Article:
The Need for Revision
It is human nature to want to get a difficult job done as quickly as possible. But every successful writer knows that one of the differences between a professional and an amateur is the amount of revision.
Even after a pro has gone over the first draft of an article carefully and believes it is ready to submit to the editor, she will sleep on it another day or two, if there is time. Inevitably, in the light of another day, there is a new perspective and fresh information to make it even better.
Sometimes, a writer will go through this process several times until she cannot think of another significant improvement. The same approach applies to the ideal way to write a speech. The longer you have to finish it, the more opportunity you have to do more research and refine it (not to mention to practice more).
For a persuasive speech, you want to step back and reexamine whether you present the arguments in a logical order. Following a structure — like simple-to-complex or chronological — does not guarantee that each point starts solidly on the prior argument. Often, speakers make overly optimistic assumptions about what the audience will buy into before considering the next idea. Show the first draft to someone who disagrees with its point of view, to see whether they can poke holes in its logic.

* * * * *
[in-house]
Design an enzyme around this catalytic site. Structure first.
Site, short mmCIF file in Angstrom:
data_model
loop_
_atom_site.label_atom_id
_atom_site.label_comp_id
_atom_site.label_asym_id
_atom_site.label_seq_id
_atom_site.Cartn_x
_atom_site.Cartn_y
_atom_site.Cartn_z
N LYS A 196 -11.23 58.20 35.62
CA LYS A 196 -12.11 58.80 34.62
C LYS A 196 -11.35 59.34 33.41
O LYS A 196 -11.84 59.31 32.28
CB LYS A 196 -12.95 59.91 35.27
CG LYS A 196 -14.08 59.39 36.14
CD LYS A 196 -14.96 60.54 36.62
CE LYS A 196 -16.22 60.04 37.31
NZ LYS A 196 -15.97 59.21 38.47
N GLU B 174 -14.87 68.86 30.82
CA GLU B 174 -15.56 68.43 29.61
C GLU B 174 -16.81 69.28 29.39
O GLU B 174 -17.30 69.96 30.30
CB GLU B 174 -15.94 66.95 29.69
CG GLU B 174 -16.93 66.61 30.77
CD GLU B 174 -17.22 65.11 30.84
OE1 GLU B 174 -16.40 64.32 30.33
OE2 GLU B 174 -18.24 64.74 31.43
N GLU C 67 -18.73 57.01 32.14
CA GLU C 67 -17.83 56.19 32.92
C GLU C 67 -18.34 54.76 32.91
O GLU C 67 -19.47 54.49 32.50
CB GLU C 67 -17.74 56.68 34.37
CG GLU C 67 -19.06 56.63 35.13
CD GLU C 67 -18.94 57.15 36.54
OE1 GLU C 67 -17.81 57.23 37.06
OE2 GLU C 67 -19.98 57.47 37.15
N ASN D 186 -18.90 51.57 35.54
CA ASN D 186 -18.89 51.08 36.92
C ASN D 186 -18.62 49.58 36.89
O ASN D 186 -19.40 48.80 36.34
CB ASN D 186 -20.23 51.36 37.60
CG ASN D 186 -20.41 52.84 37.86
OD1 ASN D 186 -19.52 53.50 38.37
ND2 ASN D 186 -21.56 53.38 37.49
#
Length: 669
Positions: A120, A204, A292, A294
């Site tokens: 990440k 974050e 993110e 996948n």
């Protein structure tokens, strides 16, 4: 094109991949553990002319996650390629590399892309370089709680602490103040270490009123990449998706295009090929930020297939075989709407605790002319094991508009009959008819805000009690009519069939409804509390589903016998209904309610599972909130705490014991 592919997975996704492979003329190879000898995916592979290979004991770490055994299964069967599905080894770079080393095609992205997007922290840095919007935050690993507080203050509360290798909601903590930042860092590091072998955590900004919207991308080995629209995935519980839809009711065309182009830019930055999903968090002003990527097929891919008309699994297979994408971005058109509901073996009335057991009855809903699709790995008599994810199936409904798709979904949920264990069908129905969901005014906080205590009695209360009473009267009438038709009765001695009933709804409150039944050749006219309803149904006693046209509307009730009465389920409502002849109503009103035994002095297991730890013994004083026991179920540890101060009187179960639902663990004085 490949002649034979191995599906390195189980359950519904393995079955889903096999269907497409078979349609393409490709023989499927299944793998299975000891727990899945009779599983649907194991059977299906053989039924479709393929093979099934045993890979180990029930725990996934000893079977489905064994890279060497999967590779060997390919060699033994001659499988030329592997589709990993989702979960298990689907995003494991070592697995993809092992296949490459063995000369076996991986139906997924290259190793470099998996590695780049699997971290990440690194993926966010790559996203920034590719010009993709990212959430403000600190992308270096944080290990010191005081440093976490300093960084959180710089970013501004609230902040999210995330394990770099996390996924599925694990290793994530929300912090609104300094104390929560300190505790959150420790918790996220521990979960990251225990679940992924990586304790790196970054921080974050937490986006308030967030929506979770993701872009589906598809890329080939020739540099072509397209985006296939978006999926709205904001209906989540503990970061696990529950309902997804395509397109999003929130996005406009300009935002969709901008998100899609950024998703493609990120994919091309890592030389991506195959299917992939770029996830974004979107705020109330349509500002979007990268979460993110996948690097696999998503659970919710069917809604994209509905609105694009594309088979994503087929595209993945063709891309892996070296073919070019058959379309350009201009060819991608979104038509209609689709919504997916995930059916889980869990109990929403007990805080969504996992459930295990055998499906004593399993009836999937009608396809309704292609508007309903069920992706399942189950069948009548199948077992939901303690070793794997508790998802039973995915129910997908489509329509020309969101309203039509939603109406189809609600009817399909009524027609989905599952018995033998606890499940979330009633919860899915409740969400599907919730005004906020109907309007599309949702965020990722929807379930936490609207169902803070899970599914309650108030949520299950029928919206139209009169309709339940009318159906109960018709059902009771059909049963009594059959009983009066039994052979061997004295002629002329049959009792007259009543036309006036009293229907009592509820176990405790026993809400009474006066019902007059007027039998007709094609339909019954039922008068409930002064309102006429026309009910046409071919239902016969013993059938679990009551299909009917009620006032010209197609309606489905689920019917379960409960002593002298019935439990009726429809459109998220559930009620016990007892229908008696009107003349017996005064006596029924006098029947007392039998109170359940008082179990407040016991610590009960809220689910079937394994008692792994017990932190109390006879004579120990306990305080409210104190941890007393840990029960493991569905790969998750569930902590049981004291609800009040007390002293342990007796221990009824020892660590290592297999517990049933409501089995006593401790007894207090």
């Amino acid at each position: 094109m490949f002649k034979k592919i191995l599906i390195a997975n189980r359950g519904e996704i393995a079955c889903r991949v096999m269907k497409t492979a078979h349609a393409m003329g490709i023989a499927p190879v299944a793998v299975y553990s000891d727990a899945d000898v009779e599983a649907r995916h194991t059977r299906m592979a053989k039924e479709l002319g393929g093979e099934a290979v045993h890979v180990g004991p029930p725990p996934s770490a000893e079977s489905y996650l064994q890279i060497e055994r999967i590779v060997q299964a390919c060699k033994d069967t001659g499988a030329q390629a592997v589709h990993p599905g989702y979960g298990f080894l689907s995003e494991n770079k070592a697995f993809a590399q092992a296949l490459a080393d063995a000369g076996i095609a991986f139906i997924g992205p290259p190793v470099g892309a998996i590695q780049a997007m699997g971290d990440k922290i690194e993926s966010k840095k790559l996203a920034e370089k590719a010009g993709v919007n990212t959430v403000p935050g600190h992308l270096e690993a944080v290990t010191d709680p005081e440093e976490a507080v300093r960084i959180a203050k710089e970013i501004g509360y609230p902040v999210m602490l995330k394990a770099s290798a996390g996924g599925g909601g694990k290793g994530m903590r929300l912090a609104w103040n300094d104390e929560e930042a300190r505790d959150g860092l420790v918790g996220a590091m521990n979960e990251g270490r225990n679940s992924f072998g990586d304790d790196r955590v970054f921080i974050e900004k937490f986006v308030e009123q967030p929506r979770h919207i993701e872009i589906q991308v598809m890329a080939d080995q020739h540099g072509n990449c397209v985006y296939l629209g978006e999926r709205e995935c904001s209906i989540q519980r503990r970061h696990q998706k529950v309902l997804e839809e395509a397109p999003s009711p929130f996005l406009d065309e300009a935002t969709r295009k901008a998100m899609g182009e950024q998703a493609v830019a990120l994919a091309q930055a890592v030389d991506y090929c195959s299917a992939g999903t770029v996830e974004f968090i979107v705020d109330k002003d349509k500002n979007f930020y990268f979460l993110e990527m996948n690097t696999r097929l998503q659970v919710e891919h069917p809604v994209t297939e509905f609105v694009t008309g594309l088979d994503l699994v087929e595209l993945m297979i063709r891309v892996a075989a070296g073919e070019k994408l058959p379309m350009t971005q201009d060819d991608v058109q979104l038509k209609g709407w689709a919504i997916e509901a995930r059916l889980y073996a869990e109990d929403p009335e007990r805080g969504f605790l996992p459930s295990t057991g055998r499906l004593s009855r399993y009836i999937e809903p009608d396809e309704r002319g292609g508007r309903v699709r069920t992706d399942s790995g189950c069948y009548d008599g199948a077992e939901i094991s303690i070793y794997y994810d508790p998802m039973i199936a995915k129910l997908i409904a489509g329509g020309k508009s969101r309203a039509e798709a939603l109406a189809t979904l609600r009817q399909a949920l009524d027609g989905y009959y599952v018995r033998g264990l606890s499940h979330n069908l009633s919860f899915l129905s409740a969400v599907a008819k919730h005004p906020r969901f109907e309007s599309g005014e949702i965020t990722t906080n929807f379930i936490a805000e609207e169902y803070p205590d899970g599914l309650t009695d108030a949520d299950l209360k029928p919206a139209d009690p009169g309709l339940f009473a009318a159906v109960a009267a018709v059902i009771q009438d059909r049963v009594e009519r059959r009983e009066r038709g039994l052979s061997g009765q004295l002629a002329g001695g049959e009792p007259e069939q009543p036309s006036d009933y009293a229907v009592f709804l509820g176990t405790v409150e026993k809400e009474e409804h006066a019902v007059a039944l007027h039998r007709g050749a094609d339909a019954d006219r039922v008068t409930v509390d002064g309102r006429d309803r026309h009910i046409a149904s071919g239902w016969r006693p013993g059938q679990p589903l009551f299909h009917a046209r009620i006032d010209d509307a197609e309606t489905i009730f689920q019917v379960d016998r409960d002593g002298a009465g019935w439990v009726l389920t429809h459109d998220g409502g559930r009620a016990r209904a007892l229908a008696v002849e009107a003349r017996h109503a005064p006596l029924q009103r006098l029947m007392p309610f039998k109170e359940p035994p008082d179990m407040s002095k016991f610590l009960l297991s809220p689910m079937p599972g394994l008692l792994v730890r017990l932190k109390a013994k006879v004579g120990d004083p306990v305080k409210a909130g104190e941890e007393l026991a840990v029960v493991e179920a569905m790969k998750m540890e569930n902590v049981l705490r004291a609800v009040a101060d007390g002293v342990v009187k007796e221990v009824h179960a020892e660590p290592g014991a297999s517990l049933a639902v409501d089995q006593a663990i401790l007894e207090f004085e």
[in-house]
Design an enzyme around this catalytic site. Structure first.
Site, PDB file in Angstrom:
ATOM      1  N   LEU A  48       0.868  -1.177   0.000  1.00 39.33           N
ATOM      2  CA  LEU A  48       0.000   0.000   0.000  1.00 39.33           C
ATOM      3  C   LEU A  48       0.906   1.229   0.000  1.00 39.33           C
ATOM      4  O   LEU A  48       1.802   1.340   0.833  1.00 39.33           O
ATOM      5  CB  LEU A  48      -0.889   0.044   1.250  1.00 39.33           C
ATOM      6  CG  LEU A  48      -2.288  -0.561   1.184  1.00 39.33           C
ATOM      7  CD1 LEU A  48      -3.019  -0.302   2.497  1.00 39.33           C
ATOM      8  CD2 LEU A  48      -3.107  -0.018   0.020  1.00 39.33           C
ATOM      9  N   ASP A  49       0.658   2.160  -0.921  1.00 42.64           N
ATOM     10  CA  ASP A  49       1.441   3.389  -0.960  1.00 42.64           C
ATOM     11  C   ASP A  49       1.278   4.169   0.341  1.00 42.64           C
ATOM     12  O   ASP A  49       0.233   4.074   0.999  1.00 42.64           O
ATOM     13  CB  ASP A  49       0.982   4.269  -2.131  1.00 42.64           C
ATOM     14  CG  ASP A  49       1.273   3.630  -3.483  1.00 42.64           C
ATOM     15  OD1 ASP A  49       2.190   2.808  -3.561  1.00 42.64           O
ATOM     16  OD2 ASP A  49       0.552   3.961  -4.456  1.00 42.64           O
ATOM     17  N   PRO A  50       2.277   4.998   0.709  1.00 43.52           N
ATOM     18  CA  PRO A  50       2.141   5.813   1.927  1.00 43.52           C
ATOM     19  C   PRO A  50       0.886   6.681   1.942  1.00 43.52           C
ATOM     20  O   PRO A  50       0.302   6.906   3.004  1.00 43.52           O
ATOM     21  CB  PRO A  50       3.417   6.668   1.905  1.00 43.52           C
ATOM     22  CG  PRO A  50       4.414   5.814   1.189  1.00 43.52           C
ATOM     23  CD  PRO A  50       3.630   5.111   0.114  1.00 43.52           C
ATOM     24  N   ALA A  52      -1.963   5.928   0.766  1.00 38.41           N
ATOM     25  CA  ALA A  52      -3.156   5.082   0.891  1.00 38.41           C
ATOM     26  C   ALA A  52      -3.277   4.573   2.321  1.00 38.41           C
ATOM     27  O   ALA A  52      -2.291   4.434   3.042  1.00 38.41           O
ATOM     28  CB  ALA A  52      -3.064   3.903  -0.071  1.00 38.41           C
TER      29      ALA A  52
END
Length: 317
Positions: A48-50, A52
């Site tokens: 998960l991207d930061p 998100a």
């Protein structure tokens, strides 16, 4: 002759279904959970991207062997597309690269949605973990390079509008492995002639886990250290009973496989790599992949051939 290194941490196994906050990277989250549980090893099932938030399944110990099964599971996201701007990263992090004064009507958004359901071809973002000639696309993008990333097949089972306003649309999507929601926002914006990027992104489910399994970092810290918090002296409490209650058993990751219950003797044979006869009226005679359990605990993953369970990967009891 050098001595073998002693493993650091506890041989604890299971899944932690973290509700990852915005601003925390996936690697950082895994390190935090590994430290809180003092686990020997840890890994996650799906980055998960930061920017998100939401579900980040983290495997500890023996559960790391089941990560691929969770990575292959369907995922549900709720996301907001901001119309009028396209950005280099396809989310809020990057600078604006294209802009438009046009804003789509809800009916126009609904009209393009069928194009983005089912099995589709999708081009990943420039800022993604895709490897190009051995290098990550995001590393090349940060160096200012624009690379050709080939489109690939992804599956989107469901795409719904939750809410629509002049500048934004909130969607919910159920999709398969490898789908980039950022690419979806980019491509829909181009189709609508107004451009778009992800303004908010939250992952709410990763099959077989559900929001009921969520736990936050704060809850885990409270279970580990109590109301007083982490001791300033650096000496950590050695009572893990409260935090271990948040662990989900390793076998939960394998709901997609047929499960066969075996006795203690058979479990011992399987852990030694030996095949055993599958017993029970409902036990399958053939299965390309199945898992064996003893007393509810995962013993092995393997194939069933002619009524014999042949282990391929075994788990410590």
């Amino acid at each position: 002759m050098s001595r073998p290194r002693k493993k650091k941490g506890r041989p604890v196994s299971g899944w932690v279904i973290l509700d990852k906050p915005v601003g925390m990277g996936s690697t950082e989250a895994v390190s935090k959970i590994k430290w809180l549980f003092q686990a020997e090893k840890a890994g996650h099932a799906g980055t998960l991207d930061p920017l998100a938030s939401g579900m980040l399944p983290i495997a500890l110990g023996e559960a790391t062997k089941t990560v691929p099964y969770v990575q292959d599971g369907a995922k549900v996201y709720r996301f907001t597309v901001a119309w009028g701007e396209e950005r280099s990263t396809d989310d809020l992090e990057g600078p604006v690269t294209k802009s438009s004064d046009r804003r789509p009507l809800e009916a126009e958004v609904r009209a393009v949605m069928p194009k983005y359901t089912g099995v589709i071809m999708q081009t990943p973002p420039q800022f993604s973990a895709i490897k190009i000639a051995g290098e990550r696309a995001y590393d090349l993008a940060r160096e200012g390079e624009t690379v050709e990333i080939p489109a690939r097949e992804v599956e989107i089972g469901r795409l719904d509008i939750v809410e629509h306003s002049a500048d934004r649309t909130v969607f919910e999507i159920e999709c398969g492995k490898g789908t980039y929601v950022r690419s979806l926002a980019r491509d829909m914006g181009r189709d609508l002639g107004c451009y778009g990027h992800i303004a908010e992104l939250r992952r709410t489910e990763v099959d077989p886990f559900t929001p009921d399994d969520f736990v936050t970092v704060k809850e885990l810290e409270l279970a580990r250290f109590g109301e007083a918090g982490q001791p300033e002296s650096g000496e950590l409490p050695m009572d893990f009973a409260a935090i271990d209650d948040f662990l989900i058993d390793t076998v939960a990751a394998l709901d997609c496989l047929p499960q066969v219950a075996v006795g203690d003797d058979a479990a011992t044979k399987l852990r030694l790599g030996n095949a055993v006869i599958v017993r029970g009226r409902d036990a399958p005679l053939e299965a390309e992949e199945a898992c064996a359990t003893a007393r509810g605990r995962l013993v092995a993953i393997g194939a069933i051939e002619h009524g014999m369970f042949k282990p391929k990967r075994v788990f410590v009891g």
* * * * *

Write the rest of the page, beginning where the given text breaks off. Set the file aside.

Do not get hung up on rigidly following “proper grammar,” just speak in a normal conversational way. Ignore the rule, for example, that forbids ending a sentence with a preposition and would have you say “this is the subject about which we are going to talk,” instead of “this is the subject we are going to talk about.”
If you have a personal attorney or a friend who is a lawyer, she would be useful to use as a sounding board. Law students are taught critical thinking, which allows them to analyze a proposition and then construct arguments pro and con.
Also, look at how you refer to people in the speech from the standpoint of gender usage. Do not try to be neutral by always using the sexless “one could do that.” Unless you are speaking of an actual individual, alternate “he” and “she” so that you do not consistently leave one part of the audience out of your references and you retain the sense of a real person.
When it comes to terms that have been traditionally sexist, use what will seem most natural for today: businesswoman instead of businessperson or police officer instead of policewoman. In some cases, either the old or the new will be acceptable: chairwoman or chairperson or even just chair.